Legal forms, moral rhetoric, and propaganda may disguise force as something it is not. The idea of “democracy” has persuaded countless gullible people that they are somehow “consenting” when they are being coerced. The real triumph of the state occurs when its subjects refer to it as “we,” like football fans talking about the home team. That is the delusion of “self-government.” One might as well speak of “self-coercion” or “self-slavery.”

No, the state, now grown to a monstrous magnitude, remains what Albert Jay Nock called it: “our enemy, the State.” Maybe Professor Hoppe is dreaming. Maybe anarchism could not be sustained. Maybe the evil of systematized force can never be eliminated in this fallen world. But why pretend such an evil is a positive good?

Books mentioned in this essay may be found in the Imaginative Conservative Bookstore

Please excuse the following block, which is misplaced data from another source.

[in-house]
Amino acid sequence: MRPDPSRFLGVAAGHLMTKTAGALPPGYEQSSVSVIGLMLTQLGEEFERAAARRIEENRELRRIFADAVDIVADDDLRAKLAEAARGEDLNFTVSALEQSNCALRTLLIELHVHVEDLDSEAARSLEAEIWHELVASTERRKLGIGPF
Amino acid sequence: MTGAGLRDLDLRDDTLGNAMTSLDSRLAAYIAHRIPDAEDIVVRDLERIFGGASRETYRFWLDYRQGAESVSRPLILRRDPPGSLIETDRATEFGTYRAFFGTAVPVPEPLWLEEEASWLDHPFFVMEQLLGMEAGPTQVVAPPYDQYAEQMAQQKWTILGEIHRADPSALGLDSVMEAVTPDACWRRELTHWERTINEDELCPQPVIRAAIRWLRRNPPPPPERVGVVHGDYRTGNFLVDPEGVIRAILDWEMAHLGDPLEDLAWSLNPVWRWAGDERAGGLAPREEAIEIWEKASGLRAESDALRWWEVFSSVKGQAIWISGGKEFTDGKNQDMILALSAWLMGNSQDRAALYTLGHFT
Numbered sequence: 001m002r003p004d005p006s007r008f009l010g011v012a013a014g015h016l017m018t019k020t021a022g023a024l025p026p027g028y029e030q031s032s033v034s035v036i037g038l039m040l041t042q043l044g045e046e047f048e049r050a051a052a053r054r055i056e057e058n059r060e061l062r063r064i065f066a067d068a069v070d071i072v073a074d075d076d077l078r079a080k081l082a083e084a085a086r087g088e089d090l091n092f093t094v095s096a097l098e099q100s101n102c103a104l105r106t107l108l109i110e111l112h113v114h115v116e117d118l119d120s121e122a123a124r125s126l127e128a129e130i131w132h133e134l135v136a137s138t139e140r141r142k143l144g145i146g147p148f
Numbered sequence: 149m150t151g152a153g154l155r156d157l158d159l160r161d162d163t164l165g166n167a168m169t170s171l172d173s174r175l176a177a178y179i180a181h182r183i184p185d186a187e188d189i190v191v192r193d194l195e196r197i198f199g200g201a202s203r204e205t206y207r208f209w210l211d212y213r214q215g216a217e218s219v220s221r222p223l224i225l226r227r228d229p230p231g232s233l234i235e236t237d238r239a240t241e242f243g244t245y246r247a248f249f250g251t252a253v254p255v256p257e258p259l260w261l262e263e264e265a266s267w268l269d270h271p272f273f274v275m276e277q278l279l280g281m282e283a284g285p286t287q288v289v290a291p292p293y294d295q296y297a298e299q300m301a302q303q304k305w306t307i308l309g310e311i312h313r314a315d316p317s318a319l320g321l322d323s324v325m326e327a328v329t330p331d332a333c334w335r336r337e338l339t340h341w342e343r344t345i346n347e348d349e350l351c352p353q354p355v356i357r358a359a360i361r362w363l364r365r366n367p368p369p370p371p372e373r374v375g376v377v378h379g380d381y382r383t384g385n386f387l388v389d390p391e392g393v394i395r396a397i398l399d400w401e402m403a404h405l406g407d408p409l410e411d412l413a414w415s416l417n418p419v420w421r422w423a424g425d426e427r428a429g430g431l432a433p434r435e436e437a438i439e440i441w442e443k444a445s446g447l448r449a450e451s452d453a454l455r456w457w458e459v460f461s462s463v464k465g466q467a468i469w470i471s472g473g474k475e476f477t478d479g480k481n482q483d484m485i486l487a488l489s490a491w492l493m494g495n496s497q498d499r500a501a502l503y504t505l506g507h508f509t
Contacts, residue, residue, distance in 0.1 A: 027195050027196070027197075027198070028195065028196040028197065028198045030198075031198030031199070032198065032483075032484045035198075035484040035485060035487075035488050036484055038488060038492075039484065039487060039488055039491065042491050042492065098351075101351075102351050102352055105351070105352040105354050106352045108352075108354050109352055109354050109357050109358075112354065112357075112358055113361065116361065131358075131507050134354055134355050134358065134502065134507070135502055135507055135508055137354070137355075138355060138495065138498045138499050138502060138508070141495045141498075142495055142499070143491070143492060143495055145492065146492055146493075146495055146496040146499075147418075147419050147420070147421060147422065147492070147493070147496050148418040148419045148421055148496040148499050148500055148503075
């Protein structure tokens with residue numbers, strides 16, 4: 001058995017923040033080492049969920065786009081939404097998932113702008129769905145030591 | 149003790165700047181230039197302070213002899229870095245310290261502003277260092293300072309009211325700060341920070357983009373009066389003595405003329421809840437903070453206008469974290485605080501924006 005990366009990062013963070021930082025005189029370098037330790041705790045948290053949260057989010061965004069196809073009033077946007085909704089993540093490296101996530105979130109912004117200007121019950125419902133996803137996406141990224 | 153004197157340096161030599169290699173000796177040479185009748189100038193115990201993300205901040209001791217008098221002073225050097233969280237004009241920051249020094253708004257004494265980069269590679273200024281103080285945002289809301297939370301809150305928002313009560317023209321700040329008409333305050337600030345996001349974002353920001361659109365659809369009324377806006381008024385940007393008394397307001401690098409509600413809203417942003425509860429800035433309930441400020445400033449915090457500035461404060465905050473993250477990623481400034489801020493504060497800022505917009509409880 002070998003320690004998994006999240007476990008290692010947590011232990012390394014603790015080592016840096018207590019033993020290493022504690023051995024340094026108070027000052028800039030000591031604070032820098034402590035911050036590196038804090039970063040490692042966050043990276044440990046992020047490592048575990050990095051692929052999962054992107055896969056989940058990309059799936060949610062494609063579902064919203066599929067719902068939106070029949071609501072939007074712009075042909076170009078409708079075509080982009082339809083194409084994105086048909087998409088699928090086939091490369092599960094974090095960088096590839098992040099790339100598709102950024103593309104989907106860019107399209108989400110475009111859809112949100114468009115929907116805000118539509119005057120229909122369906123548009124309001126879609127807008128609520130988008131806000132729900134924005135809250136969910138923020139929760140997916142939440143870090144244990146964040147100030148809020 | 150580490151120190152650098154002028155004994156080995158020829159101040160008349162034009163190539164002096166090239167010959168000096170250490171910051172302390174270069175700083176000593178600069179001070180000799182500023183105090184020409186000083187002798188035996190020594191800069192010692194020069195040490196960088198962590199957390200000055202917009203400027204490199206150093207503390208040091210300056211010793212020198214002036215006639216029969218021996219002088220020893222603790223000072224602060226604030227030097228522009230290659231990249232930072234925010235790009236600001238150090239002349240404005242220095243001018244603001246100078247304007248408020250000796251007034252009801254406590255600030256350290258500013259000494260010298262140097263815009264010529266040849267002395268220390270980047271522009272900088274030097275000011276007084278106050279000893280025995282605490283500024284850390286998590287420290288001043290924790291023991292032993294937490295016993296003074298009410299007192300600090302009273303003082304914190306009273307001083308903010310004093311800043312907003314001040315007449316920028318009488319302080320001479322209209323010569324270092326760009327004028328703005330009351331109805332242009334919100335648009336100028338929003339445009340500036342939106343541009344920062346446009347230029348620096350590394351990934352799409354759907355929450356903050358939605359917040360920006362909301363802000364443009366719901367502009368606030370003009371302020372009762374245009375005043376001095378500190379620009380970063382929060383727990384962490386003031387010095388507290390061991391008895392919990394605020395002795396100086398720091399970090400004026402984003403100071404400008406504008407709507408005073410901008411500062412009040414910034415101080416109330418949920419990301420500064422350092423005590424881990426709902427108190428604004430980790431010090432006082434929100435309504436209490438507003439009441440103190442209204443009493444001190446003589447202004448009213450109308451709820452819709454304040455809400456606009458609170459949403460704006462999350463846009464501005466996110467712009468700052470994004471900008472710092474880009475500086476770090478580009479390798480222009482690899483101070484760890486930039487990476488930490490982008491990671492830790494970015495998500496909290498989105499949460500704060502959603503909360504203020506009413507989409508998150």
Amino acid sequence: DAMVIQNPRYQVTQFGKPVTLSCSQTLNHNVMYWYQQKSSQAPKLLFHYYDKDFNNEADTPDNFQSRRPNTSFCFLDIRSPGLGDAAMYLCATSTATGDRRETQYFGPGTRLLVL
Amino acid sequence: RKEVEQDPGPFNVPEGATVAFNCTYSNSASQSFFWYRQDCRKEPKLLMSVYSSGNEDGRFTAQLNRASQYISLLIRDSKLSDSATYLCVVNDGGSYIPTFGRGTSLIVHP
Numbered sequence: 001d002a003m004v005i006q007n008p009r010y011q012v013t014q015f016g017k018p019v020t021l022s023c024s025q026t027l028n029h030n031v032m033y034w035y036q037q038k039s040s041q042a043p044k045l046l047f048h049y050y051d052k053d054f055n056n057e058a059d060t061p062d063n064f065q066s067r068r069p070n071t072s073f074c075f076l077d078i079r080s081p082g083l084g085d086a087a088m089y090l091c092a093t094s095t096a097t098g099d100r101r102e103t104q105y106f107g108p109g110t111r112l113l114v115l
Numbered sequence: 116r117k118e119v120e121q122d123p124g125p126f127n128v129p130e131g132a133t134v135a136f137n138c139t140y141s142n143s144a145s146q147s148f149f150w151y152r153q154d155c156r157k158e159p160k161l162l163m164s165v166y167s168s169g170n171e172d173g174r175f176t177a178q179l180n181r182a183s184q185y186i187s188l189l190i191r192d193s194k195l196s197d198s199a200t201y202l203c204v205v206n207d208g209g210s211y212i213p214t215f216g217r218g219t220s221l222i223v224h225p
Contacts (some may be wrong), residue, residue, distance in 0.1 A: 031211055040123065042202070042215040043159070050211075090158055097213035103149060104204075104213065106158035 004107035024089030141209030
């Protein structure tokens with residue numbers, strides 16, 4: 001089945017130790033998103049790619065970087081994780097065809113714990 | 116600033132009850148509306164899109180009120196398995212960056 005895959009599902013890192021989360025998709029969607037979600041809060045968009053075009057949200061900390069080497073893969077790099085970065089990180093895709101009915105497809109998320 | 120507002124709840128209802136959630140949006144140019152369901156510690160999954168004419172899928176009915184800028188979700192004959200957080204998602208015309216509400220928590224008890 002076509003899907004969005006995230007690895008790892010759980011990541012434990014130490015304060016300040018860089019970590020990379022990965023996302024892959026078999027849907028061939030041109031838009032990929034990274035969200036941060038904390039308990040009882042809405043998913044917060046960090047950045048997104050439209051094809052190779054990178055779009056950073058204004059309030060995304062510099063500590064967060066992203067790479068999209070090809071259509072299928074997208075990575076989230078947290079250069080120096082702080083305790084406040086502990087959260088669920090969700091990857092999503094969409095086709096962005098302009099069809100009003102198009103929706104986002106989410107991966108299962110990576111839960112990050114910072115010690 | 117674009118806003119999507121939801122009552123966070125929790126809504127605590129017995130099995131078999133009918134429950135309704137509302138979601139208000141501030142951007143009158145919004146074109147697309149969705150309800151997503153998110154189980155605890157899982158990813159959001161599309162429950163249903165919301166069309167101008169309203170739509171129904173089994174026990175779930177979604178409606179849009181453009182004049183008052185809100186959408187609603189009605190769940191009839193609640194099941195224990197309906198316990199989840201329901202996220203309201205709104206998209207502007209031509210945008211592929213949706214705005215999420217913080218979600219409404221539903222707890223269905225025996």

Copyright (c) Fitzgerald Griffin Foundation, www.fgfBooks.com. Reprinted with permission.

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4 replies to this post
  1. There are some problems here. First, the state, which can serve as a synonym for big government, is an amorphous monolith in that its shape can’t really be defined but it is always the same. In reality, the state can have several shapes and they are not all the same.

    The conservative approach briefly described here says that the state should take a minimalist approach to governing in that it should only be concerned with natural law. But in saying that, there are two problems. The first problem is that not everyone is agreed on what natural law is. The same-sex marriage controversy has shown this to be especially true. Second, not everyone agrees as to how natural law should be implemented in a society that is growing in its complexity and interdependencies.